According to the website GoldmanPrize.org, “Since the 2009 coup, Honduras has witnessed an explosive growth in environmentally destructive megaprojects that would displace Indigenous communities. Almost 30 percent of the country’s land was earmarked for mining concessions, creating a demand for cheap energy to power future mining operations. To meet this need, the government approved hundreds of dam projects around the country, privatizing rivers, land, and uprooting communities.”

During that tumultuous time, and despite being the target of constant death threats and harassment, Berta galvanized her community. She organized using legal strategies to block construction of the project and by 2013 had decided to stage a year-long protest in order to prevent the hydroelectric dam from being built. The fight was bloody, as the Honduran government shot protesters and used intimidation tactics on the members of COPINH.

“Her murder became a litmus test for a country where corruption and impunity reign – and for a justice system which has received millions of US and European dollars in international aid.”

Nina Lakhani, The Guardian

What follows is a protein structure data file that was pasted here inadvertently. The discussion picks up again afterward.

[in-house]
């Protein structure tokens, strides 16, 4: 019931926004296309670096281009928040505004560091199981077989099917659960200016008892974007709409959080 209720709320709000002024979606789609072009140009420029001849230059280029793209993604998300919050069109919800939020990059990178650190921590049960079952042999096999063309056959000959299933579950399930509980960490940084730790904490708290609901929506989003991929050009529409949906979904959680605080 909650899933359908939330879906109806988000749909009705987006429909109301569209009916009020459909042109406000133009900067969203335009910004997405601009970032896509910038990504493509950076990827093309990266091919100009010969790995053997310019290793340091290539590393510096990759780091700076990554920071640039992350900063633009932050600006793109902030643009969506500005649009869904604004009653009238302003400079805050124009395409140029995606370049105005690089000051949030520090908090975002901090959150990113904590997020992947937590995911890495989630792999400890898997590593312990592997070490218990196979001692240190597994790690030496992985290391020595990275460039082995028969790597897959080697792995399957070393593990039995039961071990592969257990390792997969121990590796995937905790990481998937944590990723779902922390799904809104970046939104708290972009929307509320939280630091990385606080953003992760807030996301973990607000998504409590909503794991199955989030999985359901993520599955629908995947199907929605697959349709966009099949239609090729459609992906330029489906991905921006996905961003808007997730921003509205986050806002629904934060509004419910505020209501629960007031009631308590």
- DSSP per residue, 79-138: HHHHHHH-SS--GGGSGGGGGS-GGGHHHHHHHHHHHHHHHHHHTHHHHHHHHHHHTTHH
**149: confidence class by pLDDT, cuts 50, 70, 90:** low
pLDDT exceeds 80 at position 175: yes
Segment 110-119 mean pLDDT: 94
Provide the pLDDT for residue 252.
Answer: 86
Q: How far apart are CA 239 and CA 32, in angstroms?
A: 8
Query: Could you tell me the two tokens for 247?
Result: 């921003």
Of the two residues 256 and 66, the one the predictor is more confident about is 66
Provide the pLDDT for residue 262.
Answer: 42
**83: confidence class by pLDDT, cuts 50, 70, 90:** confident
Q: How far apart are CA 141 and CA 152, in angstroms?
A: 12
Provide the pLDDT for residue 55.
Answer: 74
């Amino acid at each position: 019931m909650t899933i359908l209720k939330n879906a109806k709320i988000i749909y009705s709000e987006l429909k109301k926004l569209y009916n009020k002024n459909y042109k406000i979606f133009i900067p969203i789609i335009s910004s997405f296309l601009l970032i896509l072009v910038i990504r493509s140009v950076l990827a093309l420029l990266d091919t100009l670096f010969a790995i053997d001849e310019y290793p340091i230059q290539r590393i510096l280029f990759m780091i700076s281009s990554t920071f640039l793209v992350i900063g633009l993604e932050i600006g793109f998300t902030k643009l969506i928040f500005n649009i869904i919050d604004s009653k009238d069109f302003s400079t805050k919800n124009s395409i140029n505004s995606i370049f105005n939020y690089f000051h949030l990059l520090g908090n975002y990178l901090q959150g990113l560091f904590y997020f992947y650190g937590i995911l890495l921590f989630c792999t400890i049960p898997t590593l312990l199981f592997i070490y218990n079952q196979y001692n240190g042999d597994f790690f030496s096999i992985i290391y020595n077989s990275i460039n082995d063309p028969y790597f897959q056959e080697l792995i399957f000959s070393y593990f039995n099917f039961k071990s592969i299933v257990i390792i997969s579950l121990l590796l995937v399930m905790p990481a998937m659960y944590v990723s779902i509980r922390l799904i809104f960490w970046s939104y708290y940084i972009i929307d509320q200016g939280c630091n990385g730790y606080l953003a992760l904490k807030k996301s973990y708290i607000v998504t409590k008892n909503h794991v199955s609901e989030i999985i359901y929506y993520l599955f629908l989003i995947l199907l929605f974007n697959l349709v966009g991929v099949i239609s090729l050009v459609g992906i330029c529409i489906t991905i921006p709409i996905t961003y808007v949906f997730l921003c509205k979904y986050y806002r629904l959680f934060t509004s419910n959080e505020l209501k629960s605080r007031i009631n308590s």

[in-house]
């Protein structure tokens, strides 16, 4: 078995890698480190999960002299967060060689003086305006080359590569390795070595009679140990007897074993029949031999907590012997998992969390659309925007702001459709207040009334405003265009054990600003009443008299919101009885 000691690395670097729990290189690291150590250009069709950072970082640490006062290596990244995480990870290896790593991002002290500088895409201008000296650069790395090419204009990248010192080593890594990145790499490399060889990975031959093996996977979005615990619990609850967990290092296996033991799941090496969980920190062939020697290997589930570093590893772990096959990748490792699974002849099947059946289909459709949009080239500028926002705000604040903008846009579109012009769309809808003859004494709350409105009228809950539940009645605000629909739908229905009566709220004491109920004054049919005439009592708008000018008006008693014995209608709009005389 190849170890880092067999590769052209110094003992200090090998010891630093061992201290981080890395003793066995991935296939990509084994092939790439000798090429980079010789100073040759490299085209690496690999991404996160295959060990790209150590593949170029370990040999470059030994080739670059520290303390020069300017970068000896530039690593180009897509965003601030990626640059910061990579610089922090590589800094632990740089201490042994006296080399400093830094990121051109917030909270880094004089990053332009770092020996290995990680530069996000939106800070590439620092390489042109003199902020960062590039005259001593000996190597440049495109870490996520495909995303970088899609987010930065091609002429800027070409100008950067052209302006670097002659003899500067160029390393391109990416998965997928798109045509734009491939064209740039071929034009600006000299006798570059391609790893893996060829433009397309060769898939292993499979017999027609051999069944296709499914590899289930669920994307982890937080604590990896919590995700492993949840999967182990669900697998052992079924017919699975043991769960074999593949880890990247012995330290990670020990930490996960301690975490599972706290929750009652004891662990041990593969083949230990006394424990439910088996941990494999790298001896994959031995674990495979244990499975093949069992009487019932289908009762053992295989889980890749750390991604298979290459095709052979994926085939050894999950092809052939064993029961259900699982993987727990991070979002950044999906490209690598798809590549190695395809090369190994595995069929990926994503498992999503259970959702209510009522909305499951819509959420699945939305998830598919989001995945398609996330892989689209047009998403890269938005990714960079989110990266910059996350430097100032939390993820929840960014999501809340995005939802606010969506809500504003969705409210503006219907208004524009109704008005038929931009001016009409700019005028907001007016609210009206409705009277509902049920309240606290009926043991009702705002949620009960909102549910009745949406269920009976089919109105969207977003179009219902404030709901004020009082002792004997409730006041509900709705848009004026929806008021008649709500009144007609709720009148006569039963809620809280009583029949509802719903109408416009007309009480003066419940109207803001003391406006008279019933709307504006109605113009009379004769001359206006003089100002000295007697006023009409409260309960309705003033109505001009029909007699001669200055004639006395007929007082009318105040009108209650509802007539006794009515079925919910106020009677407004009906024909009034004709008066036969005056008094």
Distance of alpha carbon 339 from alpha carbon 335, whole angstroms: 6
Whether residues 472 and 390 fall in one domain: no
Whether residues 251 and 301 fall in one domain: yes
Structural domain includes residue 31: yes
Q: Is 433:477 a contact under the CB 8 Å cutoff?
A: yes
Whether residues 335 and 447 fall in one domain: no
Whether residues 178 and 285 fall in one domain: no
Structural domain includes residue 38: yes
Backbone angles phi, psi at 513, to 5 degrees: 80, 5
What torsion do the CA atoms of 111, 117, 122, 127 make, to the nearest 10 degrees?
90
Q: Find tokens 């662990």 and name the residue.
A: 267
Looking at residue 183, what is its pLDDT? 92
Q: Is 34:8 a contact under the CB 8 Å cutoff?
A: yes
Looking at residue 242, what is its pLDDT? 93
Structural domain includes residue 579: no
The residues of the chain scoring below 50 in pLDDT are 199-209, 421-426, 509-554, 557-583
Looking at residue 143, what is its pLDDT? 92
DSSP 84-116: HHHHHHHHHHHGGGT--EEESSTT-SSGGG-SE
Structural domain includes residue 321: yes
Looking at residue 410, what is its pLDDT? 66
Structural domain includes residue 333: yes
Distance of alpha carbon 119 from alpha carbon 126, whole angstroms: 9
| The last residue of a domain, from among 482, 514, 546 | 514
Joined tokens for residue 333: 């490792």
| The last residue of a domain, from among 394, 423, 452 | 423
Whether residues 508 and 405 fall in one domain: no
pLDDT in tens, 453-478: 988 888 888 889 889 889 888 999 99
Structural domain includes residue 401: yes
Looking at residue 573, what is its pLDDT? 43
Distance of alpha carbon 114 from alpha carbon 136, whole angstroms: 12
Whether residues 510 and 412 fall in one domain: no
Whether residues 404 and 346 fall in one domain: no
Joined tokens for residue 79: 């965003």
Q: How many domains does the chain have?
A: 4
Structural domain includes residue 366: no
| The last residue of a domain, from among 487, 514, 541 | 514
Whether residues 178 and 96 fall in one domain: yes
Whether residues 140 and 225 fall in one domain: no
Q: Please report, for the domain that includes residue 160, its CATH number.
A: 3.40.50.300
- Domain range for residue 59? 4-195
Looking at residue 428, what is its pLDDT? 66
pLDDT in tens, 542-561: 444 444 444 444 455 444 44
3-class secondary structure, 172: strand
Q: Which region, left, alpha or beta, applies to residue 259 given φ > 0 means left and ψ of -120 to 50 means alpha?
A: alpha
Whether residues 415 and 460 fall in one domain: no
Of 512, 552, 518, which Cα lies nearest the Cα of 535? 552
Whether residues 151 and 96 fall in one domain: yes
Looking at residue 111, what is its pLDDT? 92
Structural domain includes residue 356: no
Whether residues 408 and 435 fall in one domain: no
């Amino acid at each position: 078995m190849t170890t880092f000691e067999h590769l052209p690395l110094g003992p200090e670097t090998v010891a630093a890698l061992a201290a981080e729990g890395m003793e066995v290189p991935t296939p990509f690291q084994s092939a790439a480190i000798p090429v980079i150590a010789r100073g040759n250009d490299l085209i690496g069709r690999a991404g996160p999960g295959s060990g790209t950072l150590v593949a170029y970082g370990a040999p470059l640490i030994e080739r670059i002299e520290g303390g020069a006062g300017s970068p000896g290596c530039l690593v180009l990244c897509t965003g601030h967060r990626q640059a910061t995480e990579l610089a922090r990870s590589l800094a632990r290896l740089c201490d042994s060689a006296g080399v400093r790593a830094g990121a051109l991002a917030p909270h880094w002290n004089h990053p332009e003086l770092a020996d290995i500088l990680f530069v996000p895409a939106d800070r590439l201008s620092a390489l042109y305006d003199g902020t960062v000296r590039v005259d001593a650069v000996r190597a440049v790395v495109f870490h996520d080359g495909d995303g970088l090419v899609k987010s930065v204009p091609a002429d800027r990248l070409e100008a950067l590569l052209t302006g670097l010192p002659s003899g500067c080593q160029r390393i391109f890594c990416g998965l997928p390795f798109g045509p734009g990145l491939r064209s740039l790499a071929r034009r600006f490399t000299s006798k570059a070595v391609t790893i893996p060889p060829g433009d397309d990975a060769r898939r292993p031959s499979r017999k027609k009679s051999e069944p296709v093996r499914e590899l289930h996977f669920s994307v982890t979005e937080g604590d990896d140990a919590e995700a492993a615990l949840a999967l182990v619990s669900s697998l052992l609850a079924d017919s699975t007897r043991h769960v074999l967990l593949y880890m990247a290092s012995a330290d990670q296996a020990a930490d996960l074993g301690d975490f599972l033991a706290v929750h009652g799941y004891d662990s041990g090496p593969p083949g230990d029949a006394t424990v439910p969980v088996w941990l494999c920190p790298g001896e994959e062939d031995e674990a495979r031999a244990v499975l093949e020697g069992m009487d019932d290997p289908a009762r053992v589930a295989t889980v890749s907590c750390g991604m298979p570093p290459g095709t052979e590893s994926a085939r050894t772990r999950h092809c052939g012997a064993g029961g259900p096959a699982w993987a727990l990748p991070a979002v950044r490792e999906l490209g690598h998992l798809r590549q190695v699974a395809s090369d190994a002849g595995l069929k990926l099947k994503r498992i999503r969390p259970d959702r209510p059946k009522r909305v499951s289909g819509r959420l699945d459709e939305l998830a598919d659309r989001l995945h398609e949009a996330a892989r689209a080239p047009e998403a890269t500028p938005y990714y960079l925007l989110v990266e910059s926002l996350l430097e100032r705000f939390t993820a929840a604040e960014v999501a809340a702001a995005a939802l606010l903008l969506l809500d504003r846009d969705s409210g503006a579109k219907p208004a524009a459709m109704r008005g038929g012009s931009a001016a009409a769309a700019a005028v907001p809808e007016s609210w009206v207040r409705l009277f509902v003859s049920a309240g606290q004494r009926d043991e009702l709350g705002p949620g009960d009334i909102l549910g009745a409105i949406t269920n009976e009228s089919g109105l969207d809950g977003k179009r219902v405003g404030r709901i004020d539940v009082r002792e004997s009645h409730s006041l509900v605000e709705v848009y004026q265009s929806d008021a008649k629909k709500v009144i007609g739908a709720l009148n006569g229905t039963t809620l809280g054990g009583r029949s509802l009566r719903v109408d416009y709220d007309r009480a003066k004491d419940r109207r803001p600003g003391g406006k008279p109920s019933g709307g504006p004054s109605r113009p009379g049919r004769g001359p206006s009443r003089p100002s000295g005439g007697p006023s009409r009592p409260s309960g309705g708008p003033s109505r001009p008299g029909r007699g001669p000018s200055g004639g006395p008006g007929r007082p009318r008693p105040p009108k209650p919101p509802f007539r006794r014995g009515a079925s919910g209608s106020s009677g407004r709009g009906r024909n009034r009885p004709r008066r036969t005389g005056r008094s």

Photo Credit: Orland Sierra / AFP / GETTY

Berta’s resolve was disruptive and infuriated the political dynamics in Honduras. She was murdered in her home. The seven men responsible were found guilty, but the road that led to their convictions was littered with uncertainty. There was a concerted attempt to cover up the plot and botch the investigation. The void left by her absence in addition to the tense climate of the country swelled into a massive backlash. Her family’s persistence was echoed by the international community and even as last year’s trial came to a conclusion, the lingering effects of such an uphill climb have left an undeniable mark.

The upheaval of Honduras and its aftermath is still evidenced today, as many Hondureños continue to flee toward the southern US border, desperate for a life in which they see a viable future. Their lives are continually at risk back home in a country that is a hotbed for homicide, government corruption, and human rights violations. Under these conditions, it’s no surprise that climate change advocates and human rights activists keep disappearing.

In 2019, Indigenous communities all over the world remain entrenched in the fight against egregious land grabs from governments and businesses. These well-funded projects threaten not just those tribal communities, but the very sustainability of natural resources for all of us on the planet. The reckless pursuit of profit even as the effects of climate change increase the sense of urgency worldwide over necessary solutions is alarming. Which much of the recent attention over the issue being given to platforms that center white voices, many are wondering if all of this comes at the expense of Indigenous voices being muted. Voices like Berta’s. In the video below, her children speak about the undeniable impact of their mother’s legacy. It is deeply moving. May her legacy continue to live through each of us, and her inspiration be wide-reaching.